WASHINGTON – The U.S. Senate’s filibuster rule likely imperils a bill intended to protect abortion rights that Democrats are readying following the Supreme Court’s decision not to block a strict new Texas ban, a leading Democratic senator said on Sunday.
Senator Amy Klobuchar told CNN’s “State of the Union” that some Senate Republicans support abortion rights but not enough to overcome the chamber’s rule requiring 60 of its 100 members to agree on most legislation.
The nation’s 6-3 conservative top court this week allowed Texas’ six-week abortion ban to go into effect, which observers said showed the justices may be ready to overturn the 1973 Roe v. Wade decision that established a national right to abortion.
That decision led House Speaker Nancy Pelosi to declare that the Democratic-controlled chamber will soon debate and vote on legislation aimed at stopping similar state anti-abortion regulations. But Klobuchar said that bill faces little to no chance of passing the Senate.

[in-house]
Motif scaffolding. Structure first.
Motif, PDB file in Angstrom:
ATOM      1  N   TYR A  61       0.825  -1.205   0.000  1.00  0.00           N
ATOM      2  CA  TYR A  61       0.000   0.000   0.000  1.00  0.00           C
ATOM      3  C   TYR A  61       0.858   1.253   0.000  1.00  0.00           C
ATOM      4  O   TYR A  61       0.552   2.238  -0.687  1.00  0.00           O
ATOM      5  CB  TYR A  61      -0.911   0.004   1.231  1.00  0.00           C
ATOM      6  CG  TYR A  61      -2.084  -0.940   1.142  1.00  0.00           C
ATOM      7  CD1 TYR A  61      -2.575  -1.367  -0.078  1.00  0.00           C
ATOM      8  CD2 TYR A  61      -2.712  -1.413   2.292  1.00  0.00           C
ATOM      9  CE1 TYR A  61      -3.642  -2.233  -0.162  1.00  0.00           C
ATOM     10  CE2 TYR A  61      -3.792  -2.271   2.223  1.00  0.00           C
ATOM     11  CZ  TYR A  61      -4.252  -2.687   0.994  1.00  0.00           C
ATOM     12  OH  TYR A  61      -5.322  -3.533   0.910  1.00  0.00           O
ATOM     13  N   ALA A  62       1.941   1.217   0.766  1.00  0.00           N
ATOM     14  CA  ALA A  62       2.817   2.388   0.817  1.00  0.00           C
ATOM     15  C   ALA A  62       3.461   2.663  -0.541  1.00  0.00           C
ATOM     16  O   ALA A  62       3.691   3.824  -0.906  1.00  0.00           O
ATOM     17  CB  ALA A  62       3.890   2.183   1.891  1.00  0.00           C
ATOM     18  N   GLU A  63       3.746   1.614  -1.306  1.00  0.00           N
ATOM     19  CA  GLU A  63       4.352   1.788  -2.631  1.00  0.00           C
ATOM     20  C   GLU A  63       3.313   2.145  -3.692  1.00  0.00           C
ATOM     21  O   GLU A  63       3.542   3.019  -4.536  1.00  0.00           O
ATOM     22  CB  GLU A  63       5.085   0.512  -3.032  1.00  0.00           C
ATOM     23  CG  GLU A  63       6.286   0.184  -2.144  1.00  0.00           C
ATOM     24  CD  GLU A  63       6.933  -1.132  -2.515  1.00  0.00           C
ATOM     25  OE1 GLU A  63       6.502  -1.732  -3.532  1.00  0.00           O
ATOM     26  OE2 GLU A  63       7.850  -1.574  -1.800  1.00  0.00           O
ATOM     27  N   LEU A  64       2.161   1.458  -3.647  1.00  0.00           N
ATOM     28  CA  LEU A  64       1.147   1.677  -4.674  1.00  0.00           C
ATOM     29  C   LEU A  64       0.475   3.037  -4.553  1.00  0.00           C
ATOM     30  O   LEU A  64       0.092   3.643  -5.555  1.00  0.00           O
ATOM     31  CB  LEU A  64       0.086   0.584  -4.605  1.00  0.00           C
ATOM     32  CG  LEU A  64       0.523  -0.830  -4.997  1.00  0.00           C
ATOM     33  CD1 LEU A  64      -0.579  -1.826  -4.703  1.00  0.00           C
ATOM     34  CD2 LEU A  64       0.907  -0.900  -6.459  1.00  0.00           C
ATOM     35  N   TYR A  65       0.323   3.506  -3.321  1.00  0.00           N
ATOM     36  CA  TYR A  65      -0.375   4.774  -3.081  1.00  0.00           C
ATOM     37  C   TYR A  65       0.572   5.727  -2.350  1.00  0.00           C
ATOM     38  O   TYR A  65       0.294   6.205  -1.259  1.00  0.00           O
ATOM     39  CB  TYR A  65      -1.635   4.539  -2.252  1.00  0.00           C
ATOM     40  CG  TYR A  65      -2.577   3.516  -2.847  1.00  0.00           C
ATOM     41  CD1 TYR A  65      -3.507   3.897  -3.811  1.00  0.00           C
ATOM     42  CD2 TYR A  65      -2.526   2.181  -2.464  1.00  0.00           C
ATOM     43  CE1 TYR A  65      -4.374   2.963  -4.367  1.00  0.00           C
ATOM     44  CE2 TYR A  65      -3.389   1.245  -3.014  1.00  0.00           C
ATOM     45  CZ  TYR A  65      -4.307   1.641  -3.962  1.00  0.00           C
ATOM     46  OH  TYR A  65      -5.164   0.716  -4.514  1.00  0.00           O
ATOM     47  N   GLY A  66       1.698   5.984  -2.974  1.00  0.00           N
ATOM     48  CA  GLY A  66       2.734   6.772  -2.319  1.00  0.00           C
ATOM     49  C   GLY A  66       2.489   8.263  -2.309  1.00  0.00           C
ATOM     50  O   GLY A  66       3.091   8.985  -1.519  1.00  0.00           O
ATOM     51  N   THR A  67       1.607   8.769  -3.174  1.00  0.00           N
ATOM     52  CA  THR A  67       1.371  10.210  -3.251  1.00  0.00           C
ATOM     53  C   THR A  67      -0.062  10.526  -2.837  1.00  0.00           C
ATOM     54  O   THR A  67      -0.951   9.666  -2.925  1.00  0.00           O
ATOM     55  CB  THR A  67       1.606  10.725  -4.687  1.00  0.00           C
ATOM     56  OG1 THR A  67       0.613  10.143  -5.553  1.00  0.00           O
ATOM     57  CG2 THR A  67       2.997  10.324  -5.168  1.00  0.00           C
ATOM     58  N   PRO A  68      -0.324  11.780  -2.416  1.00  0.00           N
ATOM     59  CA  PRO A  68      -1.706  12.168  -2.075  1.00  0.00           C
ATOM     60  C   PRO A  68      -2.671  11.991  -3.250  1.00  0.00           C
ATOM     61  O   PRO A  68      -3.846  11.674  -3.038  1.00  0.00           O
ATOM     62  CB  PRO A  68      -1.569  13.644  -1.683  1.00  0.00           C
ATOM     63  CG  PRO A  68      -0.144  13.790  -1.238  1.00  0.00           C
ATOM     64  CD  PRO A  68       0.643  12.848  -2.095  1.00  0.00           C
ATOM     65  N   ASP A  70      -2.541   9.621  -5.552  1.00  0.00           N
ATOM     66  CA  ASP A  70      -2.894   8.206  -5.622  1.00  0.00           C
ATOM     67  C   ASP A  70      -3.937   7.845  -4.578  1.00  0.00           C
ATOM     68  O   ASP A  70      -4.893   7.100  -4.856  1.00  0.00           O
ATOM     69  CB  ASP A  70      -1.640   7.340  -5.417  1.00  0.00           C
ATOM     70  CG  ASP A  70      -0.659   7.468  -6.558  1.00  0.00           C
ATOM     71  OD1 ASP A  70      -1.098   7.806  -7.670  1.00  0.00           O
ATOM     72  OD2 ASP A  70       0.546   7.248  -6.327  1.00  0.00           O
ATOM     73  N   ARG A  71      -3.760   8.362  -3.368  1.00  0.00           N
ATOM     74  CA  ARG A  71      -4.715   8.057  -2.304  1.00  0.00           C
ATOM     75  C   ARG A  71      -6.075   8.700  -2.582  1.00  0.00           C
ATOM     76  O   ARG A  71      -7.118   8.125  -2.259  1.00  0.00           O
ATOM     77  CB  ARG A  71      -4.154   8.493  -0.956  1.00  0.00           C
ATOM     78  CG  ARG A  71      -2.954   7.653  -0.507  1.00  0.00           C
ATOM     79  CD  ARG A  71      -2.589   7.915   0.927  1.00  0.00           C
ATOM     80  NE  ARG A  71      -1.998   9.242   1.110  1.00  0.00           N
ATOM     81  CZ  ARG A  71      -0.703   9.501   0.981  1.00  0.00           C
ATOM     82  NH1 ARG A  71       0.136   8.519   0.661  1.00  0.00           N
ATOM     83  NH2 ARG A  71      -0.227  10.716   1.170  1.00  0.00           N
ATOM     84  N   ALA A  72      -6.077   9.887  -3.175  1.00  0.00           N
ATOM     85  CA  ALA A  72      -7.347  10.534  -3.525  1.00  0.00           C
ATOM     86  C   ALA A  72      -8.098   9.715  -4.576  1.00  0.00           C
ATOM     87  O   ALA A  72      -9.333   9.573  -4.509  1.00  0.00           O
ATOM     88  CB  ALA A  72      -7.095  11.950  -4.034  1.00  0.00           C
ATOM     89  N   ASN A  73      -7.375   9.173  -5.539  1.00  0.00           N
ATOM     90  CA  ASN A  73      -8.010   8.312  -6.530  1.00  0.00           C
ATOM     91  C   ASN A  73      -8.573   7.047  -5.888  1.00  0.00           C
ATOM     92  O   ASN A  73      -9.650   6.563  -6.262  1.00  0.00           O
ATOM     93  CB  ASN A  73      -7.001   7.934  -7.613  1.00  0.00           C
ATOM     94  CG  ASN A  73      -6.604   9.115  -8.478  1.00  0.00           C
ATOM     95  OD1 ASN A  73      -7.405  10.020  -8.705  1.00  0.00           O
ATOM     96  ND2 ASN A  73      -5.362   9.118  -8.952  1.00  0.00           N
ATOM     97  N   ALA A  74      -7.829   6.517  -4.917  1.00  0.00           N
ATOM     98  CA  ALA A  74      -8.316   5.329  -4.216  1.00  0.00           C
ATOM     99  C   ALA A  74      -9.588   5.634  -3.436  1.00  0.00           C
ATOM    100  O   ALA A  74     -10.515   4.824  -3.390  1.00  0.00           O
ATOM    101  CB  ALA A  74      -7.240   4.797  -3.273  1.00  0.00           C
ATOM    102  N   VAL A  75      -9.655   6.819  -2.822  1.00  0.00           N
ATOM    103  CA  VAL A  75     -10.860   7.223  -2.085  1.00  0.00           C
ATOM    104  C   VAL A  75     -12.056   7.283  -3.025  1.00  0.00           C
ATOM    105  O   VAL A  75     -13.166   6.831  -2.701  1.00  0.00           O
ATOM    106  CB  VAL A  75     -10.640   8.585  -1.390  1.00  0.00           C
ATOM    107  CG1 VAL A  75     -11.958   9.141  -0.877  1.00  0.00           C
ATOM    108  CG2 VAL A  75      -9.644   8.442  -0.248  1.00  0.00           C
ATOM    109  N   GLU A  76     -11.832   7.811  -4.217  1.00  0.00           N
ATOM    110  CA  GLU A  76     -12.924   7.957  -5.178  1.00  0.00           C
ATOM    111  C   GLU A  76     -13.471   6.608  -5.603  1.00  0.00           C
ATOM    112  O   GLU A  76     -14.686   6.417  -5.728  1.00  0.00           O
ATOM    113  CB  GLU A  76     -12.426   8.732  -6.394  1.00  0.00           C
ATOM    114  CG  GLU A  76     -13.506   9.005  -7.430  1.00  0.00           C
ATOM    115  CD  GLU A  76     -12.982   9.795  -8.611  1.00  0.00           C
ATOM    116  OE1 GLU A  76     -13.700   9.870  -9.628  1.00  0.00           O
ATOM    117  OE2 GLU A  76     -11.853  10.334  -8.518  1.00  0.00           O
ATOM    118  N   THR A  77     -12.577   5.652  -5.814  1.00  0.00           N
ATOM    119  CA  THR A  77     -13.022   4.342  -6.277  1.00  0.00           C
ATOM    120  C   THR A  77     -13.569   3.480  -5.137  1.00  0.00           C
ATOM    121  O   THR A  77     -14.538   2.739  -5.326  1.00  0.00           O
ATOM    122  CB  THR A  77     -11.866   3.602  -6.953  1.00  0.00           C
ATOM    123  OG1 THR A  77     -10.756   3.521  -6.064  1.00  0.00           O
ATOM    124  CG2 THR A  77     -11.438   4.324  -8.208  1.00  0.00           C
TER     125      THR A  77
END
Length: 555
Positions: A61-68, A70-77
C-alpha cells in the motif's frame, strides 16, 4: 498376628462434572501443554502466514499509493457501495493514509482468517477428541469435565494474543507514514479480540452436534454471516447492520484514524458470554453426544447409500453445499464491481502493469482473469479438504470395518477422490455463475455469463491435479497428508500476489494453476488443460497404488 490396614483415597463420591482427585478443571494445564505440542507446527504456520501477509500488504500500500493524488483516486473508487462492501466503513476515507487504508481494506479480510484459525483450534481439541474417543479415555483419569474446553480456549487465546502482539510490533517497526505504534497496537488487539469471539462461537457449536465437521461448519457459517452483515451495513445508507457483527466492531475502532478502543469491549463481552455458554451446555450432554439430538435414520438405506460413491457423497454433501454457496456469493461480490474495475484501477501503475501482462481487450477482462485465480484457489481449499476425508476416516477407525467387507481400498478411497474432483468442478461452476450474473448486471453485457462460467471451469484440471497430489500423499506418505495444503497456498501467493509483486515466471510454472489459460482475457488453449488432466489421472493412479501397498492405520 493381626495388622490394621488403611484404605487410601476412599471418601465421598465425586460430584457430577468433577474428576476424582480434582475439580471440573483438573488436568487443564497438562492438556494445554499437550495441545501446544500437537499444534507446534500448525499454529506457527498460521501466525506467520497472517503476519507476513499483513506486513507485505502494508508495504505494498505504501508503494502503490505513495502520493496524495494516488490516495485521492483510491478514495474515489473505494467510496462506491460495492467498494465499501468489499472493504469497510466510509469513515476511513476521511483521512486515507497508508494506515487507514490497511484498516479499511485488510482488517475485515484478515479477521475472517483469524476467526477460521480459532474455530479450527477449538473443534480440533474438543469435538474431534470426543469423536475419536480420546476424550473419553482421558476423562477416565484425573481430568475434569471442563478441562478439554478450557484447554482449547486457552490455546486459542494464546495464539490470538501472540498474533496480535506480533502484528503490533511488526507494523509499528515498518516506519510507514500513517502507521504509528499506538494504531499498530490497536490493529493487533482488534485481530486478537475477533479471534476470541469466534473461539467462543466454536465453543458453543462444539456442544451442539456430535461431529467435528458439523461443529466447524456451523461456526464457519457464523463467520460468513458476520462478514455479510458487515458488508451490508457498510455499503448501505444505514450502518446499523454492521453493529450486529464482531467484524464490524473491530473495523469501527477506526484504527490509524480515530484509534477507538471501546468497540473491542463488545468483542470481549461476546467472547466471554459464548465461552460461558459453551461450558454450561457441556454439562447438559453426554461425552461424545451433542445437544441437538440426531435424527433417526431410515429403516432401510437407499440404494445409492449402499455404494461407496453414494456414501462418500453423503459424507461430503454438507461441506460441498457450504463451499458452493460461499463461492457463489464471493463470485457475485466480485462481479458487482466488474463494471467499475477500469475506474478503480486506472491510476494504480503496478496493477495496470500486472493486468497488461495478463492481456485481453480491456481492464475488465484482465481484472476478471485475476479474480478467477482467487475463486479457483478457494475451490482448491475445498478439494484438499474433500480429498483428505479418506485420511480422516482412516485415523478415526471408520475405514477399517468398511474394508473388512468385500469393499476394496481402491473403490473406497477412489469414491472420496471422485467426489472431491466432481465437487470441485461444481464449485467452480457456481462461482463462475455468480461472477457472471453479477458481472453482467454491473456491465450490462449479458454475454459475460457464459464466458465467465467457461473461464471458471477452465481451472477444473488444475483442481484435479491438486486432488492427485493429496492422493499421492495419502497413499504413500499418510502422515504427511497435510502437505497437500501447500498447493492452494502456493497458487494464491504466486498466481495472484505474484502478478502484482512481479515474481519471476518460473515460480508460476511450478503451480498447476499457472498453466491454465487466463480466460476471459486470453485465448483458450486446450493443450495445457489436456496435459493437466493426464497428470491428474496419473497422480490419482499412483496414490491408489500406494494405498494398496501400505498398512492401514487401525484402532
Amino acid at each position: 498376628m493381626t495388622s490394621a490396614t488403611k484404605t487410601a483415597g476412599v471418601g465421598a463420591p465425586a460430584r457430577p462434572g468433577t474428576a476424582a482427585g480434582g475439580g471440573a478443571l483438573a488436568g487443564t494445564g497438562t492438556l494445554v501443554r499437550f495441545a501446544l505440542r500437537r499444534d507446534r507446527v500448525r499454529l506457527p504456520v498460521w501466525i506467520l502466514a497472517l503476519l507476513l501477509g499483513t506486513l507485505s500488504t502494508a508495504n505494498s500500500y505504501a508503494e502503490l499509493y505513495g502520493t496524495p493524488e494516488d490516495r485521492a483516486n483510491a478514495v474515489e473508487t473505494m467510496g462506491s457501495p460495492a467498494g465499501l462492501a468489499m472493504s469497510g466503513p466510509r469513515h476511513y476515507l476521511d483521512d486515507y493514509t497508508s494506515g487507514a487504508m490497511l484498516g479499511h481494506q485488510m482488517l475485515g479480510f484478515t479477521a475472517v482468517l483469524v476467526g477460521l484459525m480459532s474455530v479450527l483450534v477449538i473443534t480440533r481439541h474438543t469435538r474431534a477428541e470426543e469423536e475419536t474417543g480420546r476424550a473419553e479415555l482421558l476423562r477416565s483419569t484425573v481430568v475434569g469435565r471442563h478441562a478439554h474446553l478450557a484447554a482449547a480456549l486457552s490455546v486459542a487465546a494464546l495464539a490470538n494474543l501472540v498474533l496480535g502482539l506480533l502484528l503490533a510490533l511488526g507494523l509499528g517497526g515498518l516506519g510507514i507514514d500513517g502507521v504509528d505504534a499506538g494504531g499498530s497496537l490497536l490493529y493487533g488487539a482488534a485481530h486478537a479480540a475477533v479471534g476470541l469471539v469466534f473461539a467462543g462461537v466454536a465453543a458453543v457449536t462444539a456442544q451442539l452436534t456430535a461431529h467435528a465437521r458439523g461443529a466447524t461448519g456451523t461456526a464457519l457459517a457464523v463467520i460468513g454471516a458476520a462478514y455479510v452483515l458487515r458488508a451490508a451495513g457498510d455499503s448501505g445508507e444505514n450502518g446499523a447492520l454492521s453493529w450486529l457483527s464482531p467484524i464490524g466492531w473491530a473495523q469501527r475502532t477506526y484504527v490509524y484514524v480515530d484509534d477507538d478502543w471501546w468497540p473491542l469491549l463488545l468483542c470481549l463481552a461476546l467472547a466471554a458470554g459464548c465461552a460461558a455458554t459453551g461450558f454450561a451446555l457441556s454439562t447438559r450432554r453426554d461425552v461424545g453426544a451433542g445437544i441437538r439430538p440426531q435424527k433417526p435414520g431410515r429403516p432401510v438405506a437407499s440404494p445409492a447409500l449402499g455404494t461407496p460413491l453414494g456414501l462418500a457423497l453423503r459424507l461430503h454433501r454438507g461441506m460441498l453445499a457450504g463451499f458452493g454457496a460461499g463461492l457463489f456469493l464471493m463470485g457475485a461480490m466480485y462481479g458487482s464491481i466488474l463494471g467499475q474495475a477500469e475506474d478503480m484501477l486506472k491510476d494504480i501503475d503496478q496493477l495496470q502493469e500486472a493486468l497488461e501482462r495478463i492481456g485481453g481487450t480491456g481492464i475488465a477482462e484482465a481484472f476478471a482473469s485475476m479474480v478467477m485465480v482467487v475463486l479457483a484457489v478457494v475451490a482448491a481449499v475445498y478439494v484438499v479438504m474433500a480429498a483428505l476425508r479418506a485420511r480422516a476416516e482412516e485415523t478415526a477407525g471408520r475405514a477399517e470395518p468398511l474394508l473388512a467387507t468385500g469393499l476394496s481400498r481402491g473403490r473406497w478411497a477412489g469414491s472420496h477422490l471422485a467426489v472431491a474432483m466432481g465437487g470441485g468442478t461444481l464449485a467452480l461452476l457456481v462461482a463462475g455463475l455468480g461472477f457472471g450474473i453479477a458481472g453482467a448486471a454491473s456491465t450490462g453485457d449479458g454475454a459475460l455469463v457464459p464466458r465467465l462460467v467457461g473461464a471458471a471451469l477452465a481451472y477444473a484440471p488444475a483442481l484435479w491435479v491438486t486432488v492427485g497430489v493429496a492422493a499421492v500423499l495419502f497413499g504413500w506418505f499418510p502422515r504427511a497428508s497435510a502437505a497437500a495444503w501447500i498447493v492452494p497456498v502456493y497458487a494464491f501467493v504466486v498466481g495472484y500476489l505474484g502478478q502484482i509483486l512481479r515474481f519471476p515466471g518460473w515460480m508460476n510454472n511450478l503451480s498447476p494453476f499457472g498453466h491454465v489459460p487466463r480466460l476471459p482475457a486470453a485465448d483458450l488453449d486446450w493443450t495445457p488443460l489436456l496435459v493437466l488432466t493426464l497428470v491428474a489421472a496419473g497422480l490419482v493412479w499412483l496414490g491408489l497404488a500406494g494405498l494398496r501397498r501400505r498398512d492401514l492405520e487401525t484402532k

“My solution to this … I believe we should abolish the filibuster,” Klobuchar, chair of the Senate Rules Committee, told CNN. “I do not believe an archaic rule should be used to allow us to put our heads in the sand … and not take action on these important issues … We just will get nowhere if we keep this filibuster in place.”
Progressive Democrats have repeatedly over the past year suggested doing away with the filibuster to allow other Democratic priorities to pass, including a voting rights bill intended to counteract a wave of new voting restrictions passed by Republican-governed states.
Senate moderates, including Joe Manchin and Kyrsten Sinema, have rejected that idea, however.
Klobuchar said one way to discourage the frequency of filibusters would be to make senators who object to ending debate actually stay on the floor debating. This “talking filibuster” was the tradition until the 1970s.
She said another approach would be a “carveout” that would only change the filibuster for legislation directly tied to one subject, such as abortion rights.